If I had a dollar for every time I encountered the phrase ‘zero trust,’ I would no longer be working at Cyolo. At every conference, in everyone’s LinkedIn feed, and across most security company blogs (including our own), zero trust is the idée du jour. There are so many bad examples of mis-used zero trust messaging, full of incredible claims or blatant misrepresentations. It’s enough to make this security marketer blush and shy away from even discussing this radioactive topic.
“Hackers don’t break in; they log-in” – Dedi Yarkoni, Cyolo co-founder and CTO
But zero trust is our best hope. Maybe even our only hope, as Christopher Mims opines in the Wall Street Journal. Mims points to the well-publicized breaches at Uber, Okta, Nvidia, Rockstar Games, and more to show how even well-funded tech companies can fall prey to the persistent attacks from teenagers.
While a simple concept, the difficulty is in the details and operating by zero trust principles is devilishly hard. Why?
- Humans are naturally trusting. We like to think the best of other people! Malcolm Gladwell writes at length about this in his book Talking to Strangers, but in short functional human society is not actually possible without trust. So, our communities developed ways to implicitly trust other people. As Mims writes, “It is, after all, easier to upgrade a computer than the human mind.”
- Path of least resistance. All things being equal, the easiest path becomes the default. Hard work is just that, hard. I know that I tend to work on other tasks, especially when there is a daunting item that needs to be completed. Similarly, the enablement of zero-trust in an organization “requires commitment from its most senior leaders and can ultimately necessitate what is essentially a gut renovation of its systems.” It’s no surprise that this work has been delayed!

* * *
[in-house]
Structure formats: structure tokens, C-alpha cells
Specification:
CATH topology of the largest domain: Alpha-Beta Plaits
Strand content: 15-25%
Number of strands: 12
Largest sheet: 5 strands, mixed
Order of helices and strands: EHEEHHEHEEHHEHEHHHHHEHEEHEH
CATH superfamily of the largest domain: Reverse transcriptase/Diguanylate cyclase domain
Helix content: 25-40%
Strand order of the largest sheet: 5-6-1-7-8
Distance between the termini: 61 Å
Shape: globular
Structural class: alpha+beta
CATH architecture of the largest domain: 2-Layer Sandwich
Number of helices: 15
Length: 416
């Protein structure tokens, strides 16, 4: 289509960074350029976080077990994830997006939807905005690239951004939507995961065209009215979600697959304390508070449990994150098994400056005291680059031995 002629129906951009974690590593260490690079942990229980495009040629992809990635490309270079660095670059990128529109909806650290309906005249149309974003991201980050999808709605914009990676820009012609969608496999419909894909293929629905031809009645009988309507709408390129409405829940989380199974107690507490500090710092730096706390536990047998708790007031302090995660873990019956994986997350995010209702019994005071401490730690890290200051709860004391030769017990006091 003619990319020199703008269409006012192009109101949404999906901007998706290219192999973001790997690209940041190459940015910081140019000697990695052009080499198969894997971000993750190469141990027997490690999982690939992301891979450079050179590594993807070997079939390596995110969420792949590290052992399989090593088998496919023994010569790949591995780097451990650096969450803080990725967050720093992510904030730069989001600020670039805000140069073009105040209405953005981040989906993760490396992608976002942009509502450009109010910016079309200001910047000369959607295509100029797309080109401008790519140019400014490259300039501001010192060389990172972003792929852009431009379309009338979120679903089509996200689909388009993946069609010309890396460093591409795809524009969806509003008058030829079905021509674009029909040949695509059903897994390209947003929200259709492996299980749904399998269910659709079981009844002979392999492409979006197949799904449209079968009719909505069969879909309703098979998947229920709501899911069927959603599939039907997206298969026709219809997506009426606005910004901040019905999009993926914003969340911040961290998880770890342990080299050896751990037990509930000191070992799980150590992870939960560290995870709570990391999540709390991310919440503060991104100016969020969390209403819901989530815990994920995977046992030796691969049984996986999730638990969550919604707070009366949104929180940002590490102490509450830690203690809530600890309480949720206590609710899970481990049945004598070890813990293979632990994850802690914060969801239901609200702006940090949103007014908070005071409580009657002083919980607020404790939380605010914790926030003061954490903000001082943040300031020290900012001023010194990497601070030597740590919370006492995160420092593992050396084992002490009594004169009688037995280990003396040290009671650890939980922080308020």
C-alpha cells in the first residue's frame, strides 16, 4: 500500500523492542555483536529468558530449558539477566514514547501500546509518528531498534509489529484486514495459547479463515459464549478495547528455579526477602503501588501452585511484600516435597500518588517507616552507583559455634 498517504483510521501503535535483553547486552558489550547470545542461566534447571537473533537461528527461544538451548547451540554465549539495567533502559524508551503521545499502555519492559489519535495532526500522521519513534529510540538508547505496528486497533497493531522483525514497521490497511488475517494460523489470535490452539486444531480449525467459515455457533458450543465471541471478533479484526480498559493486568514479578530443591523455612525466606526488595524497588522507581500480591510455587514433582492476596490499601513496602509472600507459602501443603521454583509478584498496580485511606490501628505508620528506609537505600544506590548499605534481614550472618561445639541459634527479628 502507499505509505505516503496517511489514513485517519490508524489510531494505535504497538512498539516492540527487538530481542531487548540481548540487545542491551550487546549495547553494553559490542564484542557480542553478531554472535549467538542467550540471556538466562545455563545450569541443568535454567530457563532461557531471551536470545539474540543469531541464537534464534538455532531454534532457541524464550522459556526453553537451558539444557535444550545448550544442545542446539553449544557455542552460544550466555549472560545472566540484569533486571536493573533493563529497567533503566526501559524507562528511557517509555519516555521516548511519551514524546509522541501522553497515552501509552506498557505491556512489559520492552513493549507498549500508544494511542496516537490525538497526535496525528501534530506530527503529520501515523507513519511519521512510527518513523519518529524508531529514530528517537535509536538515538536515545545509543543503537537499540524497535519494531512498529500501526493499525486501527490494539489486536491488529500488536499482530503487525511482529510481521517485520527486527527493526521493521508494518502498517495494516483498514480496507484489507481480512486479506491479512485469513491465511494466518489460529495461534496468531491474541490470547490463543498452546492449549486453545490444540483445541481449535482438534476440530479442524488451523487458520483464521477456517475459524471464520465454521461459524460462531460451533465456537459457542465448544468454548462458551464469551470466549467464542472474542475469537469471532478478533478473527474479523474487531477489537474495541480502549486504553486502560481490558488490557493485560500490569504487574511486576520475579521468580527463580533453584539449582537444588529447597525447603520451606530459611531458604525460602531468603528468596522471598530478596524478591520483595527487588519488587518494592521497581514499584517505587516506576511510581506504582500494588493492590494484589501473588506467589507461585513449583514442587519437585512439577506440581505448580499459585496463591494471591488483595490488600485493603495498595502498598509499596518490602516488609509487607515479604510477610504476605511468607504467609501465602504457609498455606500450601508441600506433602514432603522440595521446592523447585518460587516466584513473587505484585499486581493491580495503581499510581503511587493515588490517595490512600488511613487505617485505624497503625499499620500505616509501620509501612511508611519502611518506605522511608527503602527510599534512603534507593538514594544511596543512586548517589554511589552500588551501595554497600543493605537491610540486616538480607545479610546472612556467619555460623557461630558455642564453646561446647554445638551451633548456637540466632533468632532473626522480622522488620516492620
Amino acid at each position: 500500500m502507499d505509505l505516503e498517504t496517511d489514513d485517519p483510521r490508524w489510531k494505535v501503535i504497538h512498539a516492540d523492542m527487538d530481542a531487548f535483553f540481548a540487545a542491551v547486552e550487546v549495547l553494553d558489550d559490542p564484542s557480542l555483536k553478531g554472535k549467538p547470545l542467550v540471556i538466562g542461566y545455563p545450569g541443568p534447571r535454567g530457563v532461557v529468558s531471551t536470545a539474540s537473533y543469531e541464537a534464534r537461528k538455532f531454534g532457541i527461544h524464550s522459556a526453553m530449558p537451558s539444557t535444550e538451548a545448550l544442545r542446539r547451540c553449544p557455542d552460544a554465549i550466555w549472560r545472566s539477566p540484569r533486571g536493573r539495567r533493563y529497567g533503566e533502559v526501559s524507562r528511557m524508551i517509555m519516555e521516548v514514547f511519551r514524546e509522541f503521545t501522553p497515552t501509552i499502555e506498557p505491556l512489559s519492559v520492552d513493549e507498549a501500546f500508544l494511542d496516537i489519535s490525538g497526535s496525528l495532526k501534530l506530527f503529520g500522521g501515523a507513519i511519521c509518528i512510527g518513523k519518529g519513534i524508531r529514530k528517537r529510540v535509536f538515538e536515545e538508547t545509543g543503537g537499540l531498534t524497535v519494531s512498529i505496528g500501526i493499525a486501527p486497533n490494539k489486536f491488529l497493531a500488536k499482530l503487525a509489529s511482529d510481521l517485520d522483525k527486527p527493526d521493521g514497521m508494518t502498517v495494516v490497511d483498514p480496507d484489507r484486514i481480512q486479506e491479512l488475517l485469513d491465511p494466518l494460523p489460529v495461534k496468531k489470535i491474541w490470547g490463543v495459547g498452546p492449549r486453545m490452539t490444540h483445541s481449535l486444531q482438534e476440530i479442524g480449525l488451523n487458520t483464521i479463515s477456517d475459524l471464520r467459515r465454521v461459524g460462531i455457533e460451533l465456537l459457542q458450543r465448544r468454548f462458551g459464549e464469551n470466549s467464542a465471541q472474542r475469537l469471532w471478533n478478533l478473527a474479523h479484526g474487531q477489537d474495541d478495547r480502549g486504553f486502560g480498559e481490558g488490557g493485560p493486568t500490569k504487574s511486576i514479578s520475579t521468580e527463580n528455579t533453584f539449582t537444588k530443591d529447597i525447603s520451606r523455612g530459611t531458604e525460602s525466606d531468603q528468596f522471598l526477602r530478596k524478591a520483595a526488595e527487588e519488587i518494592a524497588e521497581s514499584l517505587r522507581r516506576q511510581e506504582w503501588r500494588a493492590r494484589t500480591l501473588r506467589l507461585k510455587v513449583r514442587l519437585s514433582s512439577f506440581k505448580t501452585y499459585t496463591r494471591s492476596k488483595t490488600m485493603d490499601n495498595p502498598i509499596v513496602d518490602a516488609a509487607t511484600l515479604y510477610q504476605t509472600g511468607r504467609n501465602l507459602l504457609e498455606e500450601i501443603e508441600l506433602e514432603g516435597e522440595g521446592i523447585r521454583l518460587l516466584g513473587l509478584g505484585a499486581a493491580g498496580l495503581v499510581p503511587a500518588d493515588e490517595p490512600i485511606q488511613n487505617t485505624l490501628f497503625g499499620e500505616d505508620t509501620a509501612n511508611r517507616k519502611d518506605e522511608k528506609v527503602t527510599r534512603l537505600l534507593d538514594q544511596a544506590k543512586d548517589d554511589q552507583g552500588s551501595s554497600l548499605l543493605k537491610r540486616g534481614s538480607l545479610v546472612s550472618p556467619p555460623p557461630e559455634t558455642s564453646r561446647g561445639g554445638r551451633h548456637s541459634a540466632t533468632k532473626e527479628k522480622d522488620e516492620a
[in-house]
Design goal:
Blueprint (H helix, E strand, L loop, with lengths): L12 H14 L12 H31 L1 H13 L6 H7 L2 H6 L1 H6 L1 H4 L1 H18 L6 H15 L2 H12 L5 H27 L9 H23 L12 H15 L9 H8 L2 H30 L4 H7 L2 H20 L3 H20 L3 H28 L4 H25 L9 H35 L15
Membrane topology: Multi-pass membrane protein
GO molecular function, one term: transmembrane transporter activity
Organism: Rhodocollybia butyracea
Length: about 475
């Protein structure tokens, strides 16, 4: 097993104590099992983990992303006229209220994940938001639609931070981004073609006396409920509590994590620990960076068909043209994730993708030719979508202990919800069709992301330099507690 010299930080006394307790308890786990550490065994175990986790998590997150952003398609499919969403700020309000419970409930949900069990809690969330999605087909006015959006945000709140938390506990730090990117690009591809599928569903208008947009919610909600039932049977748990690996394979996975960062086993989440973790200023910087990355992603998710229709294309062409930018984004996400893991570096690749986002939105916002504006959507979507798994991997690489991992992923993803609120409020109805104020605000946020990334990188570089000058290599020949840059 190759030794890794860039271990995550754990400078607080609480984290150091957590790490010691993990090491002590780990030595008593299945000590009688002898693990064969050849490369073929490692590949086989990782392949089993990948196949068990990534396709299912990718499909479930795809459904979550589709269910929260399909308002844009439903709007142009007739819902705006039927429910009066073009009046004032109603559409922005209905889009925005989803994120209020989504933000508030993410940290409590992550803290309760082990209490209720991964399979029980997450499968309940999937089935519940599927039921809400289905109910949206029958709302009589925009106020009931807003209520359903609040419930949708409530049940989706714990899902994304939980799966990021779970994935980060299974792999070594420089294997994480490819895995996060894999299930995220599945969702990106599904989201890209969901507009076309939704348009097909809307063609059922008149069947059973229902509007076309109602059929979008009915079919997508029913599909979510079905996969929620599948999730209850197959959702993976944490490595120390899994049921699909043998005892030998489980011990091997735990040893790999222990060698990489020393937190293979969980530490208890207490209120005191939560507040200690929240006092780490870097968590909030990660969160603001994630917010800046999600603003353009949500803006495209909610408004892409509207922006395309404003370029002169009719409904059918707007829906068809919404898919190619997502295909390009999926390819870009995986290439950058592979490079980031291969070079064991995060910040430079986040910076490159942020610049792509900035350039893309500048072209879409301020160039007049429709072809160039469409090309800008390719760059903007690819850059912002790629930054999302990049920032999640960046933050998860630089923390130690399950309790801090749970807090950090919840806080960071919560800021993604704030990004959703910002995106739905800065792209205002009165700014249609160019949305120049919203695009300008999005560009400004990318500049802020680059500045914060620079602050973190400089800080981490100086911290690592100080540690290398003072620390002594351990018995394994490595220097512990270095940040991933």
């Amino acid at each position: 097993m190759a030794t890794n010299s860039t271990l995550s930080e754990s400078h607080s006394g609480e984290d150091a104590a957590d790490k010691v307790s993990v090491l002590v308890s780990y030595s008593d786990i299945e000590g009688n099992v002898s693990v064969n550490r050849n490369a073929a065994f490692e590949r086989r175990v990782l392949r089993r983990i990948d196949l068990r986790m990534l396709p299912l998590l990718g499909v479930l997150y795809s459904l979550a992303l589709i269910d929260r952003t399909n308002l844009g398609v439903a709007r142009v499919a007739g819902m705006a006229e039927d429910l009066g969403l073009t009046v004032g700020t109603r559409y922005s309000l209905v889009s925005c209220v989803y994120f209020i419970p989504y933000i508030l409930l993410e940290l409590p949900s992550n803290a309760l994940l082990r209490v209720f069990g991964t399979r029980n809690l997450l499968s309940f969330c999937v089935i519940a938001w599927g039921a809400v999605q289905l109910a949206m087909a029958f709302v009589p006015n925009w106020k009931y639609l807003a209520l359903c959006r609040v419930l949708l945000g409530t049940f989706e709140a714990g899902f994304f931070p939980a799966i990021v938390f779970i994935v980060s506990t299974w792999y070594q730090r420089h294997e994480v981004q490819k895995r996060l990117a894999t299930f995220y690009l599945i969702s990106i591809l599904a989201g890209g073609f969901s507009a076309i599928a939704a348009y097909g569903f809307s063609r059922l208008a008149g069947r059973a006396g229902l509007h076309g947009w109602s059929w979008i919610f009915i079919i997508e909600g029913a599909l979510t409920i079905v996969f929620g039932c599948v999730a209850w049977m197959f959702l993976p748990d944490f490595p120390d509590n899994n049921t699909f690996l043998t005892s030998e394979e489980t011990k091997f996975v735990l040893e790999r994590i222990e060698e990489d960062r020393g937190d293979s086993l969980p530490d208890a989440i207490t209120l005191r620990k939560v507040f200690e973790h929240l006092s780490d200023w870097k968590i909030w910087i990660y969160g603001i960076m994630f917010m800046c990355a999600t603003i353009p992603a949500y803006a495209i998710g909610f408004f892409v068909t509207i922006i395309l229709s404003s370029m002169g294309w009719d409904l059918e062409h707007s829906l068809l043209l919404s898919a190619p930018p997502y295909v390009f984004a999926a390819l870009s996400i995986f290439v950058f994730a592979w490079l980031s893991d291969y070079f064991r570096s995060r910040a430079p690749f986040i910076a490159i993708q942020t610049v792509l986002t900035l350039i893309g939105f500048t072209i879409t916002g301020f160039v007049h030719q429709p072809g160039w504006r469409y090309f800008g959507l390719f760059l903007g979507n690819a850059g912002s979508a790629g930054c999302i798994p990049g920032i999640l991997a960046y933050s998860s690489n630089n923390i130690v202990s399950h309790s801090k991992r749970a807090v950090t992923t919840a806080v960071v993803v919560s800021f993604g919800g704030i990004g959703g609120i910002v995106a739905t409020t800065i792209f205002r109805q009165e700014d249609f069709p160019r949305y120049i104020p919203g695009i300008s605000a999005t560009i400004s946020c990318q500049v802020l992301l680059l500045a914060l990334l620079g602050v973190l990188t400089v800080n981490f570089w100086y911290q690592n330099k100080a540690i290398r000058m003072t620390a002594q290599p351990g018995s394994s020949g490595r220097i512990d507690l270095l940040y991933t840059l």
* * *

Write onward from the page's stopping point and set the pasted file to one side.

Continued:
- Complexity is the enemy of security. The only way to be fully secure is to deny all access. Ok, problem solved, let’s all go home. In reality, security teams deploy a dizzying array of tools to “create friction for users and employees, because security is always a balance between giving people the access they need and demanding that they prove their identity.” With work now being hard, it is unsurprising that people bypass the myriad of security controls they need to operate within.
So, since it is no longer acceptable to trust anyone or anything, it is time for us to extend this principle to our security vendors. Most security tools that help companies build a zero trust environment require a level of implicit trust from the organization to the supplier. In other words, for the security vendor to help, the company must trust them with more than their money, they also require their passwords. However, these security vendors are all staffed by people and as we have seen from breaches in the tech space (Okta, SolarWinds, Cisco, etc.), even security companies who should know better are susceptible to the tactics, techniques, and procedures (TTPs) that people fall victim to.
When Almog Apirion, co-founder and CEO of Cyolo, was a CISO, he would ask his security vendors, “Can you add yourself as a user in my system?” After filtering through their murky answers about how they would never do that, the truth emerged that they could, in theory, cause changes to his secure environment without his knowledge. This required him as a CISO to trust his vendors, breaking the zero trust model from the start.
Almog ultimately left his CISO job to create an access solution that offers true zero trust. Today, Cyolo offers Identity Based Access Control, deploying zero trust one authenticated user at a time. The architecture is purposely built to never retain or change the user’s system, so if Cyolo ever is breached, there will be no customer information available to a hacker.
At Cyolo, we insist that you do not trust us, and we are challenging the industry to live by our espoused values. If we are going to ask customers to pay us to support their zero trust journey, then we must live by those principles ourselves. No more marketing, it’s time to put our money where our mouth is.
And seriously, if someone wants to start paying me a dollar for every time zero trust is used in a security discussion, I used it 13 times in this short piece...